ALEXANDRIA, Va. - The jury that will determine whether Zacarias Moussaoui lives or dies must decide whether to believe Moussaoui himself, who says he planned to fly a plane into the White House on Sept. 11, 2001, or the mastermind of the 9/11 attacks, who says Moussaoui had nothing to do with them.
Moussaoui's testimony Monday at his death-penalty trial that he was part of the 9/11 plot along with shoe-bomber Richard Reid came as a shock since he previously had denied any role in the Sept. 11 attacks that killed nearly 3,000 people.
As soon as Moussaoui finished testifying, the jury was read statements from Khalid Shaikh Mohammed, the Sept. 11 mastermind now in U.S. custody, who said Moussaoui was to have been used in a second wave of attacks completely disconnected from Sept. 11.
The jury was expected to hear statements Tuesday from another al-Qaida operative in U.S. custody, Mustafa Ahmed al-Hawsawi, a suspected paymaster for al-Qaida.
Moussaoui is the only person in this country charged in connection with the Sept. 11 attacks, during which hijackers crashed passenger jetliners into New York's World Trade Center, the Pentagon and a field in Pennsylvania.
But even prosecutors are not alleging a direct role for Moussaoui in the 9/11 plot. Instead, they argue that Moussaoui allowed the Sept. 11 plot to go forward by lying about his al-Qaida membership and his true plans when federal agents arrested him in August 2001.
Moussaoui repeatedly had denied involvement in 9/11, and when he admitted guilt in April 2005 to conspiring with al-Qaida to hijack aircraft and commit other crimes, he pointedly made a distinction between his conspiracy and 9/11.
On Monday, though, Moussaoui put himself at the center of the plot. He was asked by defense attorney Gerald Zerkin: "Before your arrest, were you scheduled to pilot a plane as part of the 9/11 operation?"
Moussaoui: "Yes. I was supposed to pilot a plane to hit the White House."
He said he knew few other details, except that planes also were to be flown into the twin towers of the World Trade Center.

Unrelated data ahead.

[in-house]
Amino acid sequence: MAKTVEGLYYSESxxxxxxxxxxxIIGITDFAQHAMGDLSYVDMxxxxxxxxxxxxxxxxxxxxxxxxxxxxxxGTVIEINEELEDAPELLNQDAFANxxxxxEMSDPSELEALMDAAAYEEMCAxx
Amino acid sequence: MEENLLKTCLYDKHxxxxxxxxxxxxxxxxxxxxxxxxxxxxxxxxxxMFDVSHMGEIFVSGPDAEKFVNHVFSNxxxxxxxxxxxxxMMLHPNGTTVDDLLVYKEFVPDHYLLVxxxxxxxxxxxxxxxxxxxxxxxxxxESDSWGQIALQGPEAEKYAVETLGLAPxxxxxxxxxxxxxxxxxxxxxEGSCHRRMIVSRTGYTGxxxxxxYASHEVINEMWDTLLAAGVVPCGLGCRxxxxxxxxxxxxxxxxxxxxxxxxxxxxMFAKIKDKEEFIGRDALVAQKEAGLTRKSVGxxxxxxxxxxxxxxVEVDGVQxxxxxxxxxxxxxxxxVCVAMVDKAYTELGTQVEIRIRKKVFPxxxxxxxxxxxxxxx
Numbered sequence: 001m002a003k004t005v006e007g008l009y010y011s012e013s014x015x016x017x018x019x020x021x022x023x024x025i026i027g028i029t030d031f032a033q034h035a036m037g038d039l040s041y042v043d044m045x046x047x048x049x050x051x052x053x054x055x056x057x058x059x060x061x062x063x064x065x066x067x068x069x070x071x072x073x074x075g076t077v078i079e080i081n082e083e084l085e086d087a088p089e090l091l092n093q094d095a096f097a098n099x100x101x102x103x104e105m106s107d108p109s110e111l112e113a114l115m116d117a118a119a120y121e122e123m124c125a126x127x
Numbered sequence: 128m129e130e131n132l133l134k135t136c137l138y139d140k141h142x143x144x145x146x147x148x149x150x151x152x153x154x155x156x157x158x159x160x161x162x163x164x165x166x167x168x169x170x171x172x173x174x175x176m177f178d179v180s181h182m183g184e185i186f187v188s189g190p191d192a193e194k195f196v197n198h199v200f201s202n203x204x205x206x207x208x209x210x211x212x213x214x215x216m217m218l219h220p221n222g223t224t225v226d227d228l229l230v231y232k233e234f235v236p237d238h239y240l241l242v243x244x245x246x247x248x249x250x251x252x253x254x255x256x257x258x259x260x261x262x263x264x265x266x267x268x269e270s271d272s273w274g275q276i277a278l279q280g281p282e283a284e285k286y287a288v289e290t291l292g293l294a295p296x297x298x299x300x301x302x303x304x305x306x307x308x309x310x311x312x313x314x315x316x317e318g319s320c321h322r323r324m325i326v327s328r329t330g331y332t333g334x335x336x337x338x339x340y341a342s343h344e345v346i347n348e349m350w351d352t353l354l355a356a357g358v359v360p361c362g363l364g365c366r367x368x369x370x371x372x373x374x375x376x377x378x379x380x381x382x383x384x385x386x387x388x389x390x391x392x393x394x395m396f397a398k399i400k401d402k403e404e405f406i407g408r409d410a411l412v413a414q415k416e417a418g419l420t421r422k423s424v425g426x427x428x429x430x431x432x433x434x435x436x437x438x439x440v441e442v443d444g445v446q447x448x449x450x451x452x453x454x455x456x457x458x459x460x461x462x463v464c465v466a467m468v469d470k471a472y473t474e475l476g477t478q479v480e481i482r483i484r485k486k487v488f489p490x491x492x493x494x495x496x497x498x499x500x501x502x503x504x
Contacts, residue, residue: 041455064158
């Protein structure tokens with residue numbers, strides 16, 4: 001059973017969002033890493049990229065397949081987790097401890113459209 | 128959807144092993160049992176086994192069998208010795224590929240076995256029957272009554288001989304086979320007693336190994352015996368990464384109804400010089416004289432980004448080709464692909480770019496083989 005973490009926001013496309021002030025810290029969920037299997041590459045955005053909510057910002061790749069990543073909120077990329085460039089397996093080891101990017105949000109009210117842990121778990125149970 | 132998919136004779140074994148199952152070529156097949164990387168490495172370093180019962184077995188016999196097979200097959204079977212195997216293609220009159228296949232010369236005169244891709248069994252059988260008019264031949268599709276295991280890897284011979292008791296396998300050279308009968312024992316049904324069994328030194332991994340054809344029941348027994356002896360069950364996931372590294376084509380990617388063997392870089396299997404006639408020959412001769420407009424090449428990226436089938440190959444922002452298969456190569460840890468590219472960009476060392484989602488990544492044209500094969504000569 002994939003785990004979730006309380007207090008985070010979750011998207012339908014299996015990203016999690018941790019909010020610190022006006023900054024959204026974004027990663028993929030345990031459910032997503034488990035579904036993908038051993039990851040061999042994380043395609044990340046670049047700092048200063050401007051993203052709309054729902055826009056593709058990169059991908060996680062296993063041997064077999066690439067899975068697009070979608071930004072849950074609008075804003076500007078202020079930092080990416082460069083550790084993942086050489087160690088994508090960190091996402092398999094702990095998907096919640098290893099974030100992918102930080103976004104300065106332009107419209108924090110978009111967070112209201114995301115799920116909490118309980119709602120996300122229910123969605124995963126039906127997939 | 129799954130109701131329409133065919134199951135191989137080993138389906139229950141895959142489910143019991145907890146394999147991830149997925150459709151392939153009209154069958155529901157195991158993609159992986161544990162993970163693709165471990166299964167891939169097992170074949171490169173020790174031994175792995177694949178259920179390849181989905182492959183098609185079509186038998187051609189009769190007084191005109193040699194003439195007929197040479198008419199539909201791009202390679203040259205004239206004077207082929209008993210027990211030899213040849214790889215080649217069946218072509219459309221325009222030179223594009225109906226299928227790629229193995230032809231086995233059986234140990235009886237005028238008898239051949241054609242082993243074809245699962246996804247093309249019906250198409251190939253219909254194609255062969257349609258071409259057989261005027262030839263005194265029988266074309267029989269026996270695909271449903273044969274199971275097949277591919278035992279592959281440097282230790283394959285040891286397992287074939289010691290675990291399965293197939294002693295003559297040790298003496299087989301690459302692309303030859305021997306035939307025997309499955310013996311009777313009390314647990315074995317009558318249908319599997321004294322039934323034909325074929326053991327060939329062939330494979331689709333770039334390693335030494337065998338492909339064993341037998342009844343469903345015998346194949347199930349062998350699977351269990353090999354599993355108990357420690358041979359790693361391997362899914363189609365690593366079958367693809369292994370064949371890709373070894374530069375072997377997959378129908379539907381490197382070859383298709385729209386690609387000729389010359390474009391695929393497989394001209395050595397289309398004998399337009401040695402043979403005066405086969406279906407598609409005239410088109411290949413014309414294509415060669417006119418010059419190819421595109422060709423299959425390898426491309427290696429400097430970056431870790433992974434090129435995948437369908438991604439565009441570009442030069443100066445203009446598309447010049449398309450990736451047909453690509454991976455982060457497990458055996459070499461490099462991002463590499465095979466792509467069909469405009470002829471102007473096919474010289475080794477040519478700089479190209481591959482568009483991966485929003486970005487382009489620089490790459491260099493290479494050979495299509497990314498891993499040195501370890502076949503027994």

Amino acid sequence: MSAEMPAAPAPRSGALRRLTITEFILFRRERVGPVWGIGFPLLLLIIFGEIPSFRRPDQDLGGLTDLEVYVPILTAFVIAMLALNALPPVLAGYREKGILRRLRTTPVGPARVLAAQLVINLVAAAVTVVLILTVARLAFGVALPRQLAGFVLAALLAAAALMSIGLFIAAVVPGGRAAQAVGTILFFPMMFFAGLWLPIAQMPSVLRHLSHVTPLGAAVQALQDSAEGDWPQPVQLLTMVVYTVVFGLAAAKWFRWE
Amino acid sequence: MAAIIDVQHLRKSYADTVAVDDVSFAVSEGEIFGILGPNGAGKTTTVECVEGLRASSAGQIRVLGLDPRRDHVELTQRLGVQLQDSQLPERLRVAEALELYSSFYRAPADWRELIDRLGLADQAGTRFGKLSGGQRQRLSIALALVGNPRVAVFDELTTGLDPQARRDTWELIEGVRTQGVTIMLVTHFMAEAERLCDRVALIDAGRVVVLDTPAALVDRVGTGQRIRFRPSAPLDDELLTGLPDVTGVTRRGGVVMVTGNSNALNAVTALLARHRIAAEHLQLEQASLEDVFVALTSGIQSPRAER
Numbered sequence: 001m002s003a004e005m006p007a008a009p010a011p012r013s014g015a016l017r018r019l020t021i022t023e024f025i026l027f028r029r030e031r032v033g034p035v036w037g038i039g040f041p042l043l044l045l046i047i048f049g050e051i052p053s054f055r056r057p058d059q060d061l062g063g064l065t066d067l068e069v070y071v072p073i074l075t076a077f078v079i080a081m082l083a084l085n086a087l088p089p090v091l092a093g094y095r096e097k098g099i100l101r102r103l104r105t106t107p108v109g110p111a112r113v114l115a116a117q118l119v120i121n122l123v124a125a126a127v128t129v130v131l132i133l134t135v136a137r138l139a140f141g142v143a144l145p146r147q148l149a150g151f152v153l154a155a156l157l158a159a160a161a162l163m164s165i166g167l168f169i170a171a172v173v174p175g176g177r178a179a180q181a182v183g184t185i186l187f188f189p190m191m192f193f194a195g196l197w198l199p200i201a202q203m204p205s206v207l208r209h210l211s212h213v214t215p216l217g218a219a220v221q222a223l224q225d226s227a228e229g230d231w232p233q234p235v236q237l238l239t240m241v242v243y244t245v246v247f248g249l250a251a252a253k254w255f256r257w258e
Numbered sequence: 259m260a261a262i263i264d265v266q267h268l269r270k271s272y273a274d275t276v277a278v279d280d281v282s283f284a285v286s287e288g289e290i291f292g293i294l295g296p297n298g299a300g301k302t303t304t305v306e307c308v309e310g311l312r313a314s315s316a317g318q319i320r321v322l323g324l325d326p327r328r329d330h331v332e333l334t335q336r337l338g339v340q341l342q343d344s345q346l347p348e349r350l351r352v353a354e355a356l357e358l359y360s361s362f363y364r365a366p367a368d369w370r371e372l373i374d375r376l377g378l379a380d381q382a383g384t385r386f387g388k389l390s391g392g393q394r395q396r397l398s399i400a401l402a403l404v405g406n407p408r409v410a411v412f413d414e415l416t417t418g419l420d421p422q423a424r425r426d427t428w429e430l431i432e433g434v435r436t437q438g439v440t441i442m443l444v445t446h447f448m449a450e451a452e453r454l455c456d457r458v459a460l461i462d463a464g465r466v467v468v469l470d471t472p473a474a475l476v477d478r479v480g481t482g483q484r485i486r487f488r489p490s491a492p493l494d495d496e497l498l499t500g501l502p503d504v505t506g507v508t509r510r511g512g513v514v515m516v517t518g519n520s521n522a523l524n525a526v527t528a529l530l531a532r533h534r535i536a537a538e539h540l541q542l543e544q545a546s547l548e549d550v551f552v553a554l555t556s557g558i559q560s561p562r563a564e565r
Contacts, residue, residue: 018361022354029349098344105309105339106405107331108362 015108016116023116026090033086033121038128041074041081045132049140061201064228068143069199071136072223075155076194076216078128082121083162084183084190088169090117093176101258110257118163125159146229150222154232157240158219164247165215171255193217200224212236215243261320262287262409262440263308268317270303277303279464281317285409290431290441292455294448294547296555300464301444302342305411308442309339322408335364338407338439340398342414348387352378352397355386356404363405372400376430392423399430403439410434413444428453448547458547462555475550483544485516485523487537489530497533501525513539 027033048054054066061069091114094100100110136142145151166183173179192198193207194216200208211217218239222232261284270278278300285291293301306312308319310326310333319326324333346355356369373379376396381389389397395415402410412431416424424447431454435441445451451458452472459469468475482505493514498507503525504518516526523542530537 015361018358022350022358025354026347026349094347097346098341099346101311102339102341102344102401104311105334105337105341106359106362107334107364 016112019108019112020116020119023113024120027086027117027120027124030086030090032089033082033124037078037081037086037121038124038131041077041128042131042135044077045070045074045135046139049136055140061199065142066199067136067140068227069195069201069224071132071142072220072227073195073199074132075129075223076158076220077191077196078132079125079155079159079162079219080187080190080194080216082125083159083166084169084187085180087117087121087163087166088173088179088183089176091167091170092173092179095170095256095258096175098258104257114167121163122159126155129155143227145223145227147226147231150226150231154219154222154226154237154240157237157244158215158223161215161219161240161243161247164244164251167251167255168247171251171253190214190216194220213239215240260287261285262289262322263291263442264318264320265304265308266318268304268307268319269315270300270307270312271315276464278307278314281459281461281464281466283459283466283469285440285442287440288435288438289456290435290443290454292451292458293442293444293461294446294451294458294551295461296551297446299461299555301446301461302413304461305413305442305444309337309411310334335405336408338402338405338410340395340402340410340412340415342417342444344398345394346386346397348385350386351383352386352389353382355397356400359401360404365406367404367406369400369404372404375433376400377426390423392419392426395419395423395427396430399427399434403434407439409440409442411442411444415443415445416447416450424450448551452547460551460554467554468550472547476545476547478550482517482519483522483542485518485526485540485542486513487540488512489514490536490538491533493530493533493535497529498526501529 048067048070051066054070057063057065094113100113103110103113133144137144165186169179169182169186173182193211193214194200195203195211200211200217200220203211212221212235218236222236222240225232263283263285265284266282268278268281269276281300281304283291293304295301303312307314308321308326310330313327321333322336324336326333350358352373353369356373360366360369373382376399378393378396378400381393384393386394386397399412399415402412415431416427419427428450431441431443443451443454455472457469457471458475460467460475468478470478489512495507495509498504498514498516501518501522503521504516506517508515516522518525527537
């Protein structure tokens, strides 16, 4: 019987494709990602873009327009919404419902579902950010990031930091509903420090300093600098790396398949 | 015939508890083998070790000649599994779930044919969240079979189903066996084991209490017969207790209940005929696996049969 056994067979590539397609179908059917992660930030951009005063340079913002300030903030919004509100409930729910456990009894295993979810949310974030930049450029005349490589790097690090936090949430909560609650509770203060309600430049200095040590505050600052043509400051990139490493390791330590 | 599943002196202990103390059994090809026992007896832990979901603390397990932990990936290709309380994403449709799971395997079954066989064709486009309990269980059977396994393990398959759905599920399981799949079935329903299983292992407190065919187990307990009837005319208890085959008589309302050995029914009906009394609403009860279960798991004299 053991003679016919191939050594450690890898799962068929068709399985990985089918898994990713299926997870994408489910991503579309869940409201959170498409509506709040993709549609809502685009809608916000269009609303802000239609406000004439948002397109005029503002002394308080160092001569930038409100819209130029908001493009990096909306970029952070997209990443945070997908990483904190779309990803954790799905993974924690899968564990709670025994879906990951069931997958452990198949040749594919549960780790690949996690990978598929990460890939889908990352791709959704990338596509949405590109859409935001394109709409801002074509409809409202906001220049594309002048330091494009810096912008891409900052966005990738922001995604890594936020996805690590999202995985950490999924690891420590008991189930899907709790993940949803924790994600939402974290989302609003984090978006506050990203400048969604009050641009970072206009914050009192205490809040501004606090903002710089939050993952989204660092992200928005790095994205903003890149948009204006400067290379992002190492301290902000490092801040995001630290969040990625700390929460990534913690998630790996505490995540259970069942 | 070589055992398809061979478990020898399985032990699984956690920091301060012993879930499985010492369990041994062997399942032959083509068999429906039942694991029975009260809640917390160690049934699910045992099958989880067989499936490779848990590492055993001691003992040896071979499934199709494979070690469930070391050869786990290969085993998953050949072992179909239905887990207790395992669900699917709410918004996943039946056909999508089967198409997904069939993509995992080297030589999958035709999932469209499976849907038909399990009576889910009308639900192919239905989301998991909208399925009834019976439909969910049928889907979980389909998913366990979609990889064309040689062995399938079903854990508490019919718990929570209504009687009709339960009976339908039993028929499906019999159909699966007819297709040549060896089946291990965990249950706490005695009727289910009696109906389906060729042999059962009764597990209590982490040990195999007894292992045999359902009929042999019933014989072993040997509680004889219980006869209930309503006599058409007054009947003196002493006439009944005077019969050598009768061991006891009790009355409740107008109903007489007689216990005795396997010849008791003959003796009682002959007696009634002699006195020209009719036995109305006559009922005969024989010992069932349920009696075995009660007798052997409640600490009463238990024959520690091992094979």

He had met Reid, his purported partner, in the 1990s at London's Finsbury Park mosque, a haven for Islamic fundamentalists.
On Dec. 22, 2001, Reid was subdued by passengers on a flight from Paris to Miami when he attempted to detonate a bomb in his shoe. That plane landed safely in Boston. Reid later pleaded guilty and was sentenced to life in prison.
Moussaoui's defense attorneys, in their opening arguments, suggested that Moussaoui may prefer execution, which he would see as martyrdom, to life in prison. He isn't cooperating with his court-appointed attorneys and testified against their wishes.
Mohammed's testimony came in the form of a 58-page statement culled from government interrogations. He said repeatedly that Moussaoui was to be part of a second wave of attacks, distinct from 9/11.
He was said to have wanted to use only Middle Easterners for Sept. 11 so that Europeans like Moussaoui would stand a better chance of mounting a subsequent attack after security was increased.
Mohammed said he wasn't aware that Moussaoui was in custody until after Sept. 11, and that Moussaoui's arrest on Aug. 16 would have disrupted Sept. 11 plans if he were a part of the operation. Mohammed said the second-wave of attacks never materialized because he did not anticipate the ferocity of the U.S. response to Sept. 11 and the only other pilot backed out.
Mohammed considered Moussaoui too self-confident and too talkative. He instructed Sept. 11 planner Ramzi Binalshibh to cut off contact with Moussaoui in early August 2001 for fear that Moussaoui would get Binalshibh caught.
One other tidbit from Mohammed's statement: He said the plane that crashed in a Pennsylvania field on Sept. 11 after passengers rebelled against the hijackers was to have targeted the U.S. Capitol. There has been ongoing debate about whether the plane was headed for the Capitol or the White House.
Because Moussaoui has already pleaded, the jury must only determine his sentence: death or life in prison. To obtain the death penalty, prosecutors must prove that Moussaoui's actions resulted in at least one death on Sept. 11.